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Deuteronomy 23

Deuteronomy 23:24, 25

24. When thou comest into thy neighbor’s vineyard, then thou mayest eat grapes thy fill at thine own pleasure; but thou shalt not put any in thy vessel.

24. Quum ingressus fueris vineam proximi tui, comedes uvas pro desiderio tuo ad satietatem tuam: at in vase tuo non pones.

25. When thou comest into the standing corn of thy neighbor, then thou mayest pluck the ears with thine hand; but thou shalt not move a sickle unto thy neighbor’s standing corn.

25. Quum ingressus fueris segetem proximi tui, decerpes spicas manu tua: at falcem non attolles in segetem proximi tui.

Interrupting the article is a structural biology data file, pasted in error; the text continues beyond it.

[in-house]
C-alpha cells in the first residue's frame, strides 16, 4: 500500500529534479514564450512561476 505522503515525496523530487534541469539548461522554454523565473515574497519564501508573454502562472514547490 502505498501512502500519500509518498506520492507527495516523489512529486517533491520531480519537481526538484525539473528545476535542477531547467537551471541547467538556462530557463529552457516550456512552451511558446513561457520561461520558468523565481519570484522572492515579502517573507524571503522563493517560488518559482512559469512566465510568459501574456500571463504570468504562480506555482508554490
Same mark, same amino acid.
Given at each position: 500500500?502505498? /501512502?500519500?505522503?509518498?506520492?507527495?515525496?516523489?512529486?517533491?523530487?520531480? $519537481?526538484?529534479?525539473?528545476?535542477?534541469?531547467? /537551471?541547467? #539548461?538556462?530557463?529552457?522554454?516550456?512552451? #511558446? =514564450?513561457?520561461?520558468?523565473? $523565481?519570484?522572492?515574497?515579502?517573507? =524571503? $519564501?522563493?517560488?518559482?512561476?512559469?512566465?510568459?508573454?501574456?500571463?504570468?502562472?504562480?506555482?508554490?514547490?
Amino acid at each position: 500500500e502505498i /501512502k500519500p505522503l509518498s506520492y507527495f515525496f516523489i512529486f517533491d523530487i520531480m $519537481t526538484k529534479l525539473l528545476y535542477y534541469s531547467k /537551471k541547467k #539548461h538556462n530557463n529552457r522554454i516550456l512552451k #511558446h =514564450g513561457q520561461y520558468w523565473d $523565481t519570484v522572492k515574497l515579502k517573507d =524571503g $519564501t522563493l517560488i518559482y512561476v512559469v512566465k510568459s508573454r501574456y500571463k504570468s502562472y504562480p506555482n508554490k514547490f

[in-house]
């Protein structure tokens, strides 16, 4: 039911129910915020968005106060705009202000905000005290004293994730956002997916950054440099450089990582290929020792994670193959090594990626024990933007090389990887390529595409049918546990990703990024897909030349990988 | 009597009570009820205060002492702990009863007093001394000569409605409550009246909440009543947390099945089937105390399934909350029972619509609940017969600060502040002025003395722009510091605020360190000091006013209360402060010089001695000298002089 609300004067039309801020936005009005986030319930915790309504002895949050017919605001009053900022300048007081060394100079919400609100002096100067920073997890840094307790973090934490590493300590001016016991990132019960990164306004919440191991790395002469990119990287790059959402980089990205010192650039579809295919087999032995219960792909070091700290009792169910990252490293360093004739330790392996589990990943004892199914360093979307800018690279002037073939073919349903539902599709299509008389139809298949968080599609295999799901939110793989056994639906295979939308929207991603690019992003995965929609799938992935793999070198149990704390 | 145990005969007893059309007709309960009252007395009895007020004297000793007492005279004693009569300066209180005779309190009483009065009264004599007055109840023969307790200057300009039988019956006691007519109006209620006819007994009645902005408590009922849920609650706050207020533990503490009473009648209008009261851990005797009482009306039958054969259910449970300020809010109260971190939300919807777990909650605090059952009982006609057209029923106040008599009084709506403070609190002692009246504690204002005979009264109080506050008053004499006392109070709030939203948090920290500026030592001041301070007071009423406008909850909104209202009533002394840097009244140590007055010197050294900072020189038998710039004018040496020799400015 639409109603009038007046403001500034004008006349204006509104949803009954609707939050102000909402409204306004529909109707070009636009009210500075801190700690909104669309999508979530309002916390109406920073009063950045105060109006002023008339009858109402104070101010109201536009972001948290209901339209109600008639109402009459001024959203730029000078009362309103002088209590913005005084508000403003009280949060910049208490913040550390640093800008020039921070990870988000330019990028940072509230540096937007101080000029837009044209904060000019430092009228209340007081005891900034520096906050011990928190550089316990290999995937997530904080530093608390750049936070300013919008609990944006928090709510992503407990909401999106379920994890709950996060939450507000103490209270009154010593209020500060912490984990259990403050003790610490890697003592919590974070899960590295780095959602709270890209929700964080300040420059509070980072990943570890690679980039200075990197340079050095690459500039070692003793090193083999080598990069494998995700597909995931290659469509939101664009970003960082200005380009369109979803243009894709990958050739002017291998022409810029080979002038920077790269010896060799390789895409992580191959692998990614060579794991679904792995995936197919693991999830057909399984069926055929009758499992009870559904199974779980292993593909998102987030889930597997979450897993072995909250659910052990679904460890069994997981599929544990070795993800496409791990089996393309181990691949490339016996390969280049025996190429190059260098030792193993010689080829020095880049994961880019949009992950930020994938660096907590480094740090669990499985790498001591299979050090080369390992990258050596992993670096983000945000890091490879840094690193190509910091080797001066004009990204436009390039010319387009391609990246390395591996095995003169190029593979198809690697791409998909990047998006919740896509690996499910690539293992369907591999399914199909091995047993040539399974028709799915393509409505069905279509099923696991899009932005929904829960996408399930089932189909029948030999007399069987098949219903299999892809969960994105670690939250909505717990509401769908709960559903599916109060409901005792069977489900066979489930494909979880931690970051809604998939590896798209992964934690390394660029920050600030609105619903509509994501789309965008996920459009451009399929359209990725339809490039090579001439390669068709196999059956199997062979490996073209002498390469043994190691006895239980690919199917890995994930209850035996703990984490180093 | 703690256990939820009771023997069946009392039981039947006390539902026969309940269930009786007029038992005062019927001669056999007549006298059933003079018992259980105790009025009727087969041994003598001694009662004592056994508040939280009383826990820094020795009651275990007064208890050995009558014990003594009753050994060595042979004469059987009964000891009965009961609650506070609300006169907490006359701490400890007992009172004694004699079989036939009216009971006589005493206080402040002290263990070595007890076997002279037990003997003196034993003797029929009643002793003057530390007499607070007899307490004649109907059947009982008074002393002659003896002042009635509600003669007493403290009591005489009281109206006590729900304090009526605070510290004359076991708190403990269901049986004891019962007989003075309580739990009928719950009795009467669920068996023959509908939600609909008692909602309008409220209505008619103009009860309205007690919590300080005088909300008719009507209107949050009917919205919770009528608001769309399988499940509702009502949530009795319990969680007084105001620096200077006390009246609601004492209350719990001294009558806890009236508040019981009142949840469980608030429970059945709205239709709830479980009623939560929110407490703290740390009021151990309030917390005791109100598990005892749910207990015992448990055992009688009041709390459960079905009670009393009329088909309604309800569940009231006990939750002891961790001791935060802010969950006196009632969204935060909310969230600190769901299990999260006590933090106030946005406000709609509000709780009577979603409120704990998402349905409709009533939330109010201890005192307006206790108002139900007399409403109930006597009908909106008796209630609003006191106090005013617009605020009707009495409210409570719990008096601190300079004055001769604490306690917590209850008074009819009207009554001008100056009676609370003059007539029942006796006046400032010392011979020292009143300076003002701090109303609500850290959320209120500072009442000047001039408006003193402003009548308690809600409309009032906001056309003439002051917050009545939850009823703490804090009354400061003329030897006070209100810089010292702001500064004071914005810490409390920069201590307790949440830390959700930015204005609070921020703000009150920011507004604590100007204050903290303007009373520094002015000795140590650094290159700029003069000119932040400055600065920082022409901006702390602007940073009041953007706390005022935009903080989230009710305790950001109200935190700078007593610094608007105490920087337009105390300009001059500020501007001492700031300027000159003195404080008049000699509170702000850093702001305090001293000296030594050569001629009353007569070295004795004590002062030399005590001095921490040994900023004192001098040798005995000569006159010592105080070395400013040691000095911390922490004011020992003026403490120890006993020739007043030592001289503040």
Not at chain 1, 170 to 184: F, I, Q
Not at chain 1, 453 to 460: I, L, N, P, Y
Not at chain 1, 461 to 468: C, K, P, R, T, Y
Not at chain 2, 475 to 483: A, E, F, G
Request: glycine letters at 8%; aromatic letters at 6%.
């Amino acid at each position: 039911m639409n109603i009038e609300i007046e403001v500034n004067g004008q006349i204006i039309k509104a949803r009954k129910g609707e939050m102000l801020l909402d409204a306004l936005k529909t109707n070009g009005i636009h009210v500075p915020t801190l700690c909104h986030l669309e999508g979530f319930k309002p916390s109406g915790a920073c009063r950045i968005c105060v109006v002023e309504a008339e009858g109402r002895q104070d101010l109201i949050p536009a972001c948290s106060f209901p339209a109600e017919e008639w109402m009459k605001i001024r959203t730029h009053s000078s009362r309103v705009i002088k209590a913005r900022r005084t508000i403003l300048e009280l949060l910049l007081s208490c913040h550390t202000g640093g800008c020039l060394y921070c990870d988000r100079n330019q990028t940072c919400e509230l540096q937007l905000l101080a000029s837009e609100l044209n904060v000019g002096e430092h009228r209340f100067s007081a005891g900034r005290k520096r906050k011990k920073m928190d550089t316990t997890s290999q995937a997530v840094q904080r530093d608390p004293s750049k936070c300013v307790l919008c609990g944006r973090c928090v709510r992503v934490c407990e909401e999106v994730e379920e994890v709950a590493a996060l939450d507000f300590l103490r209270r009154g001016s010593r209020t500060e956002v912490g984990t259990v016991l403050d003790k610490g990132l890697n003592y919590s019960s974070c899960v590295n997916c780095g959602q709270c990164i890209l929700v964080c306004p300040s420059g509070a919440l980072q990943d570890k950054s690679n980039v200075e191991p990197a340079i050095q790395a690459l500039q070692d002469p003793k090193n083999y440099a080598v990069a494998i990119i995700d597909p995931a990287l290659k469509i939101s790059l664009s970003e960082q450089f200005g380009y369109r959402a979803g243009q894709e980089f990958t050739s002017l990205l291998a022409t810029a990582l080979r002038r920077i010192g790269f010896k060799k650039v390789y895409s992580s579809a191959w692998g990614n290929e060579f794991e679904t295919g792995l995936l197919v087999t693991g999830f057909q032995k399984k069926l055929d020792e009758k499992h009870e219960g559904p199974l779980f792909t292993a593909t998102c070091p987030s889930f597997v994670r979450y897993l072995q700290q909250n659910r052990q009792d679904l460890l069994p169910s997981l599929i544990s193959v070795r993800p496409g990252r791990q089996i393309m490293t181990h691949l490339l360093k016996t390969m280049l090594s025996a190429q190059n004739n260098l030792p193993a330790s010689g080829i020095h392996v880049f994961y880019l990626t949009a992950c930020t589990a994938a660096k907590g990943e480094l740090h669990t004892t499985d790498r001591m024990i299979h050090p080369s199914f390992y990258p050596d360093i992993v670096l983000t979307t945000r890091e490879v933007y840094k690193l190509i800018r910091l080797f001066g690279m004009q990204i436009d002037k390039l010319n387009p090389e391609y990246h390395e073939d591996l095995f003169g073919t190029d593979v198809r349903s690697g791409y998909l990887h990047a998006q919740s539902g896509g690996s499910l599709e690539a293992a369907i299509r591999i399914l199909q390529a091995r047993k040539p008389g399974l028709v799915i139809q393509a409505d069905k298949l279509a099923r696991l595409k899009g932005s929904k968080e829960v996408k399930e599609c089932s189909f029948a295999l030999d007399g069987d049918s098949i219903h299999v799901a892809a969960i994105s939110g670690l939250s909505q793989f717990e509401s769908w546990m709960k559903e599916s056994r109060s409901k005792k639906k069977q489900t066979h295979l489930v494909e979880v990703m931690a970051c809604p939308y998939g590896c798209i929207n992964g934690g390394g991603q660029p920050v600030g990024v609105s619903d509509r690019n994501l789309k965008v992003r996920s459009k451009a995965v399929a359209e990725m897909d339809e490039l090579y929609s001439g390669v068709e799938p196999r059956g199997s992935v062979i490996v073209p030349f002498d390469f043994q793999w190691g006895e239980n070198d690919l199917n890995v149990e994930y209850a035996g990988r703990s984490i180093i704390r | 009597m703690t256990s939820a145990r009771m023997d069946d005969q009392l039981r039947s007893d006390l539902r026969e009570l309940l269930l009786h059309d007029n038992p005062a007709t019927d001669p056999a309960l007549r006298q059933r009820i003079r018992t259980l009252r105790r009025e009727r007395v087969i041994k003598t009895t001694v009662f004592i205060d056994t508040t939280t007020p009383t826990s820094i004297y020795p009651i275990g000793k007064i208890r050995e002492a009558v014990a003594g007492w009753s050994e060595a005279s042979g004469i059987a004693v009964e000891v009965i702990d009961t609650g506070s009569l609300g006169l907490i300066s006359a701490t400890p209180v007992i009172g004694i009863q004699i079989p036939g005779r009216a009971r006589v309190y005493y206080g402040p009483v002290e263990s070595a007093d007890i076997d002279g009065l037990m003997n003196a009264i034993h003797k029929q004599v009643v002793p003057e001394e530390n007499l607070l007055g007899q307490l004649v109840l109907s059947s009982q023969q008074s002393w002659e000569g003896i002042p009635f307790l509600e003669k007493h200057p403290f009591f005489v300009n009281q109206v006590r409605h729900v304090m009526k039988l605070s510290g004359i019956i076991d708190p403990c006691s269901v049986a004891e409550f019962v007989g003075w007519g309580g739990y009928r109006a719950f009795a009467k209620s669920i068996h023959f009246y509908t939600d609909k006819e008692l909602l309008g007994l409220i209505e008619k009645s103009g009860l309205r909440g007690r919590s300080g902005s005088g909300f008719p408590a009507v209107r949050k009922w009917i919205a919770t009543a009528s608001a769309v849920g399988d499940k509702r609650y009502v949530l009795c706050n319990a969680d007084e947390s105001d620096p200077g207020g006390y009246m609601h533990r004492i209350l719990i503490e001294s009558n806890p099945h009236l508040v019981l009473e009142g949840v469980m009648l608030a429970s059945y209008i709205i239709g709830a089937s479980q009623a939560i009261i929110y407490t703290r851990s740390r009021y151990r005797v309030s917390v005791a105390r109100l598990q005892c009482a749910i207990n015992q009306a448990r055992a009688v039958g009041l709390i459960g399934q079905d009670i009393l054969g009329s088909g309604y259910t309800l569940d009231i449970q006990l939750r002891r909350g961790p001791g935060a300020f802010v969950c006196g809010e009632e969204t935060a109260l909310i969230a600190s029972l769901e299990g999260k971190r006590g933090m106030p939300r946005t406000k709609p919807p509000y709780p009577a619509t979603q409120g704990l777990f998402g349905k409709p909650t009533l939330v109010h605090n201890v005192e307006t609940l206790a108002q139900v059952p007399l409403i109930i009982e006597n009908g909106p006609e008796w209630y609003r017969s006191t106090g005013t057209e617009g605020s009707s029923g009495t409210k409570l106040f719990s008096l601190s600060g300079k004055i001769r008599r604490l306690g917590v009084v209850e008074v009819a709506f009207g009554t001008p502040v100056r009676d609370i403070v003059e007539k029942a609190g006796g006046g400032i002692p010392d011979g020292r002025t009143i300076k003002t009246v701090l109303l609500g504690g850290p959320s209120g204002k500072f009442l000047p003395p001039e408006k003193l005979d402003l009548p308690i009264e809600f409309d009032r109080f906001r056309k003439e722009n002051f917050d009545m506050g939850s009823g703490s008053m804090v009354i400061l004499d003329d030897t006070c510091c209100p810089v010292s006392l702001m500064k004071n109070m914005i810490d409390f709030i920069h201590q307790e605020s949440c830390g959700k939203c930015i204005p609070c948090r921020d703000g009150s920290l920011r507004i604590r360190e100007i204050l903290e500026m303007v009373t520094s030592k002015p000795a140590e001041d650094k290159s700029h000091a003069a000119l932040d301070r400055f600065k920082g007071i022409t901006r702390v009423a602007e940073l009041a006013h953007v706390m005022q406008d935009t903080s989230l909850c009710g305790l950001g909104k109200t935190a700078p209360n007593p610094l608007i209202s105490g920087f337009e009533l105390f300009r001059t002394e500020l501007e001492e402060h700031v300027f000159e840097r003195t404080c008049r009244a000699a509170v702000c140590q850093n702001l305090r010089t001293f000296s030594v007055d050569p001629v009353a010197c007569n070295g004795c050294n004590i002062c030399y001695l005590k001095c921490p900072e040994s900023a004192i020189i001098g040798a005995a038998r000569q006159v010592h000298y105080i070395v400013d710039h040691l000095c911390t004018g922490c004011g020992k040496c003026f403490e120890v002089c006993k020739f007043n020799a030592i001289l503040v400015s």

Since God here concedes a great indulgence to the poor, some restrict it to the laborers in the harvest and vintage, 142142     “The Chaldee translateth, when thou art hired; and of such do the Hebrews understand this Law, that laborers hired to work in a vineyard are to eat of the fruit thereof.” — Ainsworth. So also Vatablus from the Chaldee and Arabic, in Poole’s Synopsis. as if He permitted them to pluck the ears of corn and grapes with their hands for food alone, and not to carry away. I have no doubt, however, that it refers to all persons, and that no greater license is given than humanity demands. For we must not strain the words too precisely, but look to the intention of the Lawgiver. God forbids men to introduce a sickle into the harvest of another; now, if a man should pluck with his hands as many ears of corn as he could carry on his shoulders, or lay upon a horse, could he excuse himself by the puerile explanation that he had not used a sickle? But, if common sense itself repudiates such gross impudence, it is plain that the Law has another object, viz., that no one should touch even an ear of another man’s harvest, except for present use, which occurred to Christ’s disciples, when they were compelled by hunger to rub the ears of corn in their hands, lest they should faint by the way. (Matthew 12:1.) The same view must be taken as to grapes. If any man deliberately breaks into another’s vineyard and gorges himself there, whatever excuse he may make, he will be accounted a thief. Wherefore, there is no doubt but that this Law permits hungry travelers to refresh themselves by eating grapes, when they have not enough of other food. But although the liberty of eating to their fill is granted, still it was not. allowable oil this pretext to gorge themselves. Besides, vineyards were enclosed with hedges and guarded; whence it appears that the grapes were not exposed to every glutton. This, then, is the sum, that it is not accounted a theft, if a traveler, in order to relieve his hunger, should stretch forth his hand to the hanging fruit, 143143     “Cueille des espis, ou des raisins pour sa necessite,” should gather ears of corn or grapes for his necessary wants. — Fr. until he should arrive at his resting-place where he may buy bread and wine.


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